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Resource Guide: Early Hearing Detection and Intervention

Early Hearing Detection and Intervention

Early identification and early intervention are the keys to successful language development. If not detected early, studies have shown that children who are born Deaf or hard of hearing can have delays in speech, language, social skills, and academic achievement. It is important that all infants and young children have a hearing screening, which helps find children who are deaf.

Early Hearing Detection and Intervention (EHDI) programs are designed to help families identify whether their child is deaf. Most infants have a hearing screening soon after birth, usually before they leave the hospital. This procedure is often called the Universal Newborn Hearing Screening (UNHS). That means every newborn is screened. The procedure is safe and painless, and can be done while your infant is asleep.

It is important to remember that the UNHS is just a screen. Some infants’ hearing status can change later due to a number of factors. Factors can include family history, illness, injury, and/or certain medications. As always, if you have any concerns about your child’s hearing, have your child’s hearing tested by an audiologist. Your pediatrician can refer you to an audiologist.

If an infant or child is found to be Deaf or hard of hearing, the child’s family and doctors can make sure the child gets necessary services at an early age. Often times, steps include getting audiological evaluations and participating in early intervention services. By intervening early and getting the appropriate services, the child can develop language that will last a lifetime.

The Maryland Infants and Toddlers Program

The Maryland Infants and Toddlers Program directs a statewide system of early intervention for eligible children and their families, coordinating services from health care, educational, and social service agencies, and private providers.

When an infant or toddler is suspected of having a developmental delay, the child is referred by a parent or professional to the designated contact point for his/her county. This process is called the Single Point of Entry. A service coordinator or case manager will then help arrange for an evaluation and assessment of the child, free of charge, to determine if the child is eligible for early intervention services.

For more information, please see:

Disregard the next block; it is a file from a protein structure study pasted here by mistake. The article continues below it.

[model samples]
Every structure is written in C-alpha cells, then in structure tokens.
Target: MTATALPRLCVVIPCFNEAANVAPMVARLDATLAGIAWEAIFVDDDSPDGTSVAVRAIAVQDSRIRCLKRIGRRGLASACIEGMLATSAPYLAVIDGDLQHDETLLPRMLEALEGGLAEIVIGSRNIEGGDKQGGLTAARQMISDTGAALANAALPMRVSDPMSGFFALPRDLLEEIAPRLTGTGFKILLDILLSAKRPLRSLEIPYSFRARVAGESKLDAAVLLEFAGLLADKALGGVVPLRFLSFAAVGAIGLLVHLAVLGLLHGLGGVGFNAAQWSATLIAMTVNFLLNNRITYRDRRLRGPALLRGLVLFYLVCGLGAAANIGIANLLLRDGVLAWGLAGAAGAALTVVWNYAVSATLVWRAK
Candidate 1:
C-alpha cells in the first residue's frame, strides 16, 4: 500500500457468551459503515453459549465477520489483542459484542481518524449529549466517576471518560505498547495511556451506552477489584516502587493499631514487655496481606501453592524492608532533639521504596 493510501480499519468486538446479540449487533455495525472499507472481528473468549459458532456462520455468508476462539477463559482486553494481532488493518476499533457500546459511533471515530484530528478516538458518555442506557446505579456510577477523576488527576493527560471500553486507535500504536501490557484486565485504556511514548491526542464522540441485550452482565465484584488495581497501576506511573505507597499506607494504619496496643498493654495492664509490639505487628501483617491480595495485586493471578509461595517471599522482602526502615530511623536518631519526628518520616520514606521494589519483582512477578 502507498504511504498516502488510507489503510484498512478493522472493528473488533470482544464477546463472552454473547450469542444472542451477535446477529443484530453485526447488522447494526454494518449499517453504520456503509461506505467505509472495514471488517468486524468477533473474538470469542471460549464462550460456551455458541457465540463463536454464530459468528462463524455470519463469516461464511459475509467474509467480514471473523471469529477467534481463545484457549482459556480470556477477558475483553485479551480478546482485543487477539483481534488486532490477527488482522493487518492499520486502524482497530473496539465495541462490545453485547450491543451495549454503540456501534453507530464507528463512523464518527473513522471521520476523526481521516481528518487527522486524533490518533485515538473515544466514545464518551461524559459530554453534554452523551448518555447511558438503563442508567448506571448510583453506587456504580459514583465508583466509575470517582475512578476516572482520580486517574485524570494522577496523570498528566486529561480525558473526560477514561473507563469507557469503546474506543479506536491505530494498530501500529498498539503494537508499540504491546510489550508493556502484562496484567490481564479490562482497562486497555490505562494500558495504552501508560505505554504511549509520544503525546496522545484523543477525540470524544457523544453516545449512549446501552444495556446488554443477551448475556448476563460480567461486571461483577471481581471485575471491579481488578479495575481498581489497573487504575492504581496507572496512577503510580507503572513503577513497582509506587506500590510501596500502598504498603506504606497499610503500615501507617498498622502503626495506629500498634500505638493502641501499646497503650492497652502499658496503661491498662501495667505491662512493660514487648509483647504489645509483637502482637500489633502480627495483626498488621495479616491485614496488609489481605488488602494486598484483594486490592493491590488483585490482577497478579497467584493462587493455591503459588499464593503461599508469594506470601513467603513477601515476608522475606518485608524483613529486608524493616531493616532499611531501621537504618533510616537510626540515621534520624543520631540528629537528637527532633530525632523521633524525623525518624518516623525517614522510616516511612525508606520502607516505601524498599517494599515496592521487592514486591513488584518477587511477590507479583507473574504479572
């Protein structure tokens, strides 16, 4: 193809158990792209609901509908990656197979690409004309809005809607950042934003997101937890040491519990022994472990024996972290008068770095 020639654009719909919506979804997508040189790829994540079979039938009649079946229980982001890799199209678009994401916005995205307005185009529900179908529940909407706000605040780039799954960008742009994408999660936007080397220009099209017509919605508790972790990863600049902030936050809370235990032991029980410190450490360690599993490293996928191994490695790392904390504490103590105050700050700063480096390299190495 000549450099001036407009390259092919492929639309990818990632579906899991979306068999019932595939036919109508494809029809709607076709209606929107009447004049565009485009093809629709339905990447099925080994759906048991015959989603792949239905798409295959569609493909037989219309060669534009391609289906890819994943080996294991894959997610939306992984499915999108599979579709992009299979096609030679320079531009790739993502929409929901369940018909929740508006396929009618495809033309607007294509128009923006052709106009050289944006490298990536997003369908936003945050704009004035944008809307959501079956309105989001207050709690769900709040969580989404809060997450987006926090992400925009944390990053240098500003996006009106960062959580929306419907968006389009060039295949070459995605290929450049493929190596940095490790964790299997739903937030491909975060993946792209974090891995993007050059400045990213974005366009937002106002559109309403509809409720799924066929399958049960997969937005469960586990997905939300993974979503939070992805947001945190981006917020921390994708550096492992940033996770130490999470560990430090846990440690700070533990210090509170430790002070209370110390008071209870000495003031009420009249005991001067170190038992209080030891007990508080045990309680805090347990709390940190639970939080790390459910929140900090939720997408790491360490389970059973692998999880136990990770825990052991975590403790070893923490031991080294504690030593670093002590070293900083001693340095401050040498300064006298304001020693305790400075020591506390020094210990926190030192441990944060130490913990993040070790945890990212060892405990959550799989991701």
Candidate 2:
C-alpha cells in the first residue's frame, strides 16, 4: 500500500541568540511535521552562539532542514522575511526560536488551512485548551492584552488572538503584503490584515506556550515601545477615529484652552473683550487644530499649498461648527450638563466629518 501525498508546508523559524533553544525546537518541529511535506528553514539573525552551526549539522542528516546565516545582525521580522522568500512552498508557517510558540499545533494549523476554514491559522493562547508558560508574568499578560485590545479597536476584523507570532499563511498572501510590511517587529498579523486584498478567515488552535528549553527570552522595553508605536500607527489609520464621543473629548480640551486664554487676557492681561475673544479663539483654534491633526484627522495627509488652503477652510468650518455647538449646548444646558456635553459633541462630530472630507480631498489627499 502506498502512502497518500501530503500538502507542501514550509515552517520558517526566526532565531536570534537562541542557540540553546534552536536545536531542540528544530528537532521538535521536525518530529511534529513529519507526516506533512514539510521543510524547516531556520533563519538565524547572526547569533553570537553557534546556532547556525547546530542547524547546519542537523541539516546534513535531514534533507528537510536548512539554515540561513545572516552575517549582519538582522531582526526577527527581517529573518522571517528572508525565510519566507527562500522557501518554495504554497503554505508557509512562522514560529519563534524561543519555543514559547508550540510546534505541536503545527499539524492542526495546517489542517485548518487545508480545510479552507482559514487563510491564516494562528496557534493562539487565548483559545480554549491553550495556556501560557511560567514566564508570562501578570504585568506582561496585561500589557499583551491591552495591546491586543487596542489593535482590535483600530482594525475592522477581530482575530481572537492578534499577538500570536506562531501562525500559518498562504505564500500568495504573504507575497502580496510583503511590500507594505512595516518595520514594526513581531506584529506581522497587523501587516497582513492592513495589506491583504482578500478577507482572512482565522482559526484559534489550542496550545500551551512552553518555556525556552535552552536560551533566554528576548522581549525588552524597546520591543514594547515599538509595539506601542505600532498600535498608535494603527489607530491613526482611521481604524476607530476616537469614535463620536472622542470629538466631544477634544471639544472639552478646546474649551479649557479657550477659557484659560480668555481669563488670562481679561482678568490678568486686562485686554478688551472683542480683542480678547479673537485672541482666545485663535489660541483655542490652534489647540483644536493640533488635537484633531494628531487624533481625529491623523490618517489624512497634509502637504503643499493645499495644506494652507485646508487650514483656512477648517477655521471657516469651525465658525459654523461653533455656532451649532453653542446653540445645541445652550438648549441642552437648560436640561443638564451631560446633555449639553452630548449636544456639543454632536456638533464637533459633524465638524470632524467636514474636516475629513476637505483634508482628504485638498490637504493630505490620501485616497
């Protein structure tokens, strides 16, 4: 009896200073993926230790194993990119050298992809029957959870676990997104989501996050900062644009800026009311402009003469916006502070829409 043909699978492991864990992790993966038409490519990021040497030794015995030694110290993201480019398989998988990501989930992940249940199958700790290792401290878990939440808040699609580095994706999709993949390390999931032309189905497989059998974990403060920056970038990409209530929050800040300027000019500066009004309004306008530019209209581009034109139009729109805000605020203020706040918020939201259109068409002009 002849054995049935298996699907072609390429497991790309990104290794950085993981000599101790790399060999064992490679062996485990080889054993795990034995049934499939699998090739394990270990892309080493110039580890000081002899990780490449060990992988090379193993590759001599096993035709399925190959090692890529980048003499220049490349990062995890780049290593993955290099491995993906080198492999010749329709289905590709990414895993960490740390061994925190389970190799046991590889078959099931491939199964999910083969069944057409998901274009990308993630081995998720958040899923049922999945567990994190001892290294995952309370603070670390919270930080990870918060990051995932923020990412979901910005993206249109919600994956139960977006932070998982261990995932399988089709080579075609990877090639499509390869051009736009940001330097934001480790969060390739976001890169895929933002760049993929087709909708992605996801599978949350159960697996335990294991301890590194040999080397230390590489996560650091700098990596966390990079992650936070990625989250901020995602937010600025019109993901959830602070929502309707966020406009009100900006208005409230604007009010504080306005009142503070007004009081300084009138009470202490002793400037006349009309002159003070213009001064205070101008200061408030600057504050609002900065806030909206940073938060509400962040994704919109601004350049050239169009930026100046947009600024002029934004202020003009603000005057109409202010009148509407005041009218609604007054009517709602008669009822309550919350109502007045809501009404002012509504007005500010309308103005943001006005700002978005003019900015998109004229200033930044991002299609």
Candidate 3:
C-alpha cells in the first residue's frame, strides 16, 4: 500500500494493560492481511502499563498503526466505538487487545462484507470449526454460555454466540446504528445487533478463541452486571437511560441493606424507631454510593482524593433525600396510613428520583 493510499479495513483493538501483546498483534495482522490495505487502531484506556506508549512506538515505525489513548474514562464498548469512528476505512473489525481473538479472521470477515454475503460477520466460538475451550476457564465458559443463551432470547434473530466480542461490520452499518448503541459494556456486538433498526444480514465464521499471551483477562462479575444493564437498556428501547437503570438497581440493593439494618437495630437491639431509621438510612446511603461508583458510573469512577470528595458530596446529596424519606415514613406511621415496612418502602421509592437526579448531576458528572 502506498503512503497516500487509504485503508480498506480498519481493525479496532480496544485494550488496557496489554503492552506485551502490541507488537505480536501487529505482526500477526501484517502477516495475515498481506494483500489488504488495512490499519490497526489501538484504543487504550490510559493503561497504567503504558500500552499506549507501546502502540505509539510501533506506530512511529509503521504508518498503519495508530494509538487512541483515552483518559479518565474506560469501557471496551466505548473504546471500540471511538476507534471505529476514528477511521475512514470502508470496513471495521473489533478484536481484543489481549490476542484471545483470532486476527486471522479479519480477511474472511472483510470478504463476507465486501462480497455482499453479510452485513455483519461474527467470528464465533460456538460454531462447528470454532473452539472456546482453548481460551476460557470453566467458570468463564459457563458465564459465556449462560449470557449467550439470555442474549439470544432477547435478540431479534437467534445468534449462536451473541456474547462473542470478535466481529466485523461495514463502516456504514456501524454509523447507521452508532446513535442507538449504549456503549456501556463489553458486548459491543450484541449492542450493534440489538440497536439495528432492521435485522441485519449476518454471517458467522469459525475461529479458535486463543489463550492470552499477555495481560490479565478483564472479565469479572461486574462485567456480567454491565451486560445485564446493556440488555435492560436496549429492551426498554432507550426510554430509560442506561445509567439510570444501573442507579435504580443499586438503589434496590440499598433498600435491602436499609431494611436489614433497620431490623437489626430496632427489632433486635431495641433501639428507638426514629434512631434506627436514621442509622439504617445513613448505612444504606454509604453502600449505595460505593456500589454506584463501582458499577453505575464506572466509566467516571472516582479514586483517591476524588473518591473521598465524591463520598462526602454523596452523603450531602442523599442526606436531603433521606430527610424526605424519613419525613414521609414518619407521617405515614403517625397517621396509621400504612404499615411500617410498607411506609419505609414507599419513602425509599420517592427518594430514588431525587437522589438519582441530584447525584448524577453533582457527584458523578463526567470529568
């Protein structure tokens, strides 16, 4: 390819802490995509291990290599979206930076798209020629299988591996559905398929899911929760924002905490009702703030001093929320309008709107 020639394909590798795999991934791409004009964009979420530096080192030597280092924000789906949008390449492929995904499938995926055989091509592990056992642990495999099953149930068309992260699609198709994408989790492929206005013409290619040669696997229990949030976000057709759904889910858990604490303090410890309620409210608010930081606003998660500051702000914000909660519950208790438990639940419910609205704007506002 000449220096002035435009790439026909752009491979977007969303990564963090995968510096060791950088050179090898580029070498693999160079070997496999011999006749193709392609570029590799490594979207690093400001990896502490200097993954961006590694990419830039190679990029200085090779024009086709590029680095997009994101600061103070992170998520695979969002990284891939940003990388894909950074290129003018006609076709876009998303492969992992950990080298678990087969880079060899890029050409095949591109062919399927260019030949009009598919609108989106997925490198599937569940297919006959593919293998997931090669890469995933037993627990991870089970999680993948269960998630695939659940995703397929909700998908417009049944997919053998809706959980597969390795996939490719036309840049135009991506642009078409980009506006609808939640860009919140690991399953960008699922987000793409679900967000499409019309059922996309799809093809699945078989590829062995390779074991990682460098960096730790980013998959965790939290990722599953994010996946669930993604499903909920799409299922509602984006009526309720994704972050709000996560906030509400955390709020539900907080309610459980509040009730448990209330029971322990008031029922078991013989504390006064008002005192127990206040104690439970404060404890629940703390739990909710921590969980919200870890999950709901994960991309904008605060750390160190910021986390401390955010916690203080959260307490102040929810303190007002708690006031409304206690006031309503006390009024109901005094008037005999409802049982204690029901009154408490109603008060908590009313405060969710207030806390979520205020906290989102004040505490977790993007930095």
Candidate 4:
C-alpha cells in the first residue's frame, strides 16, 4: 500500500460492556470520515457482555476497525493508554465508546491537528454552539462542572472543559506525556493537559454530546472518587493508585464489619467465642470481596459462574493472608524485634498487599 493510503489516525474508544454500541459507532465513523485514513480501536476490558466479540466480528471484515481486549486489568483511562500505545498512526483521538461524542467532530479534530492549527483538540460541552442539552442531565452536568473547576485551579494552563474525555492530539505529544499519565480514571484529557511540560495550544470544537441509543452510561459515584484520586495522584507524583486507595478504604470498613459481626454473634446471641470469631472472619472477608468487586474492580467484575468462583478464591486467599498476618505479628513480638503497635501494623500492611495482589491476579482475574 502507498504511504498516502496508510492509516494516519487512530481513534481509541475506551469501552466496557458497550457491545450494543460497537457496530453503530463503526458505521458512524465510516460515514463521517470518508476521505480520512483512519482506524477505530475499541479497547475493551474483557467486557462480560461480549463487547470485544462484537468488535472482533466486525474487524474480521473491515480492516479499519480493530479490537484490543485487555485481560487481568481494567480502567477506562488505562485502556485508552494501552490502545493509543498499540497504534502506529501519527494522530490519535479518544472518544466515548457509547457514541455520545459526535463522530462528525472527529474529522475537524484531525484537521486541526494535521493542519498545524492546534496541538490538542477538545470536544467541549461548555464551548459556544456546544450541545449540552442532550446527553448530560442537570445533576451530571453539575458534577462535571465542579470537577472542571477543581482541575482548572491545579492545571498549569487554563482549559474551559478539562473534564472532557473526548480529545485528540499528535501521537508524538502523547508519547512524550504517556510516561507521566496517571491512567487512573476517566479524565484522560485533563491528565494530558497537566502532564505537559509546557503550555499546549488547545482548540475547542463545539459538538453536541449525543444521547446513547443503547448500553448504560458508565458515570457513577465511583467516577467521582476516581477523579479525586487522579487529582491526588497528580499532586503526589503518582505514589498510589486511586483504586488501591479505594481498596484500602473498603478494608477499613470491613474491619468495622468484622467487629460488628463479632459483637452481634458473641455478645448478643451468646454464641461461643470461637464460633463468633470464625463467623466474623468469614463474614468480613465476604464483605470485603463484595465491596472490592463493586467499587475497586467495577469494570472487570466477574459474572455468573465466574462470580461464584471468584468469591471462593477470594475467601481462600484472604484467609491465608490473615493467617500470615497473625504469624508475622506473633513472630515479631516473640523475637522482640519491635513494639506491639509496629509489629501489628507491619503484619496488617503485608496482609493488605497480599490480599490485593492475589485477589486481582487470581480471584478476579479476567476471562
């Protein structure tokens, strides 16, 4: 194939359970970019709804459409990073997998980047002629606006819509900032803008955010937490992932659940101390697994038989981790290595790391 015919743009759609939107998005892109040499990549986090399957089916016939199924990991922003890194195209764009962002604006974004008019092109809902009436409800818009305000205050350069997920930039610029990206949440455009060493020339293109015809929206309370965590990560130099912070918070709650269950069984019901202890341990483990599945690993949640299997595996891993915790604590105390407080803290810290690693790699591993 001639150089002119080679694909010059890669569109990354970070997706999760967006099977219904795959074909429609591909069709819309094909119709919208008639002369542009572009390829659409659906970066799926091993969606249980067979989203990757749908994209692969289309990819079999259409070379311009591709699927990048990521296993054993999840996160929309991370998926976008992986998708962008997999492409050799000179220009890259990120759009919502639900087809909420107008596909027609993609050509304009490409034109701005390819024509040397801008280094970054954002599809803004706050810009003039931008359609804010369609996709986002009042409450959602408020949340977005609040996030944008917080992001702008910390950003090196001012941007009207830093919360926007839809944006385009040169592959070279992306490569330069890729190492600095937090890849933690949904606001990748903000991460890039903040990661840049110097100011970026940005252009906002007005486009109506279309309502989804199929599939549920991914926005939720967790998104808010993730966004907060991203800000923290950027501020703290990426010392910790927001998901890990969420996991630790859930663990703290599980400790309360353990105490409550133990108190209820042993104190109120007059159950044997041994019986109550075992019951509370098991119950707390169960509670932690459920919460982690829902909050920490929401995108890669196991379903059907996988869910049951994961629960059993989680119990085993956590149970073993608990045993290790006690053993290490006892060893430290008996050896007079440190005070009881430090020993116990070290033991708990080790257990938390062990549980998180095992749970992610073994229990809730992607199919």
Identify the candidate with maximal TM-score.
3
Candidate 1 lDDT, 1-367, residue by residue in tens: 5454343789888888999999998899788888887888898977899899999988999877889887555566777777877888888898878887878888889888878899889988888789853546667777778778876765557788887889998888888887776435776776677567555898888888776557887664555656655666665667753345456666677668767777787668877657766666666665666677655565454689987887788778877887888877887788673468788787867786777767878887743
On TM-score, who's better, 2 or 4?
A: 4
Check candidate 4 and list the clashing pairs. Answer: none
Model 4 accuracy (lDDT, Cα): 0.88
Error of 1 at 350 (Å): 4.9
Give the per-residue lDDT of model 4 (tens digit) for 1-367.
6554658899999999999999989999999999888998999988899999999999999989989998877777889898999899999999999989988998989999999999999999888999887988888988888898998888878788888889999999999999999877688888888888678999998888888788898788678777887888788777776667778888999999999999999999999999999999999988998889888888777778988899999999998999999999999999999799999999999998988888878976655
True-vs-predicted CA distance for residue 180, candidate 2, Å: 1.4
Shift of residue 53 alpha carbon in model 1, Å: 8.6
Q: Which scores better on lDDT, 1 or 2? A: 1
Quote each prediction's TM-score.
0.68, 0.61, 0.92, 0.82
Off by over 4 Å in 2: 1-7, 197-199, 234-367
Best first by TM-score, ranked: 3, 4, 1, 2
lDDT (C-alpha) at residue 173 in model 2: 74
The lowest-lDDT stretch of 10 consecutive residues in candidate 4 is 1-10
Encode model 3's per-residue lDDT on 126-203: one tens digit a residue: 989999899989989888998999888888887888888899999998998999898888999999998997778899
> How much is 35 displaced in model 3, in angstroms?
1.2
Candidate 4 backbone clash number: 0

American Sign Language Milestones Checklist[i] 

Birth to 3 months:

  • Looks around with alertness.
  • Is attracted to any human movement.
  • Looks attentively at a person’s face.
  • Responds to smiles by smiling back.
  • Enjoys cuddling and holding.
  • Plays with hands and fingers and enjoys hand plays.

What you can do:

  • Comment on things you and your children are doing by signing about them.
  • Learn what hand babbling looks like.
  • Acknowledge and expand hand babbling by repeating it.
  • Look for first signs and repeat and expand on what your child signs.
  • Share ASL children’s literature with your child.
  • Play with your child using ASL rhymes and rhythms and have fun.

3 to 6 months:

  • Smiles, makes eye contact and laughs.
  • Likes to be held facing out, towards any action that is happening.
  • Laughs when seeing fingers approaching tickle.
  • Turns eyes to a flashing light.
  • Turns towards vibrations when the door bell or phone rings.
  • Is attracted to moving and coloured objects.
  • Plays with hands and fingers and enjoys hand plays.

What you can do:

  • Respond to what your child is signing rather than how he or she signs it.
  • Accept and expand your child’s sign attempts and respond naturally with adult signs.
  • Sign ASL stories: with books; without books; with made up stories about pictures;hand shape stories.
  • Show your child sign story videotapes and ASL poetry videotapes for children.
  • Have a conversation by signing back when your child signs with you.
  • Play games using toys and objects that your child enjoys.

6 to 9 months:

  • Enjoys hand babbling – repetitive hand movements such as opening and closing hands in rhythm without associated leg movements.
  • Turns head to locate moving objects, and to watch sign movements used to communicate.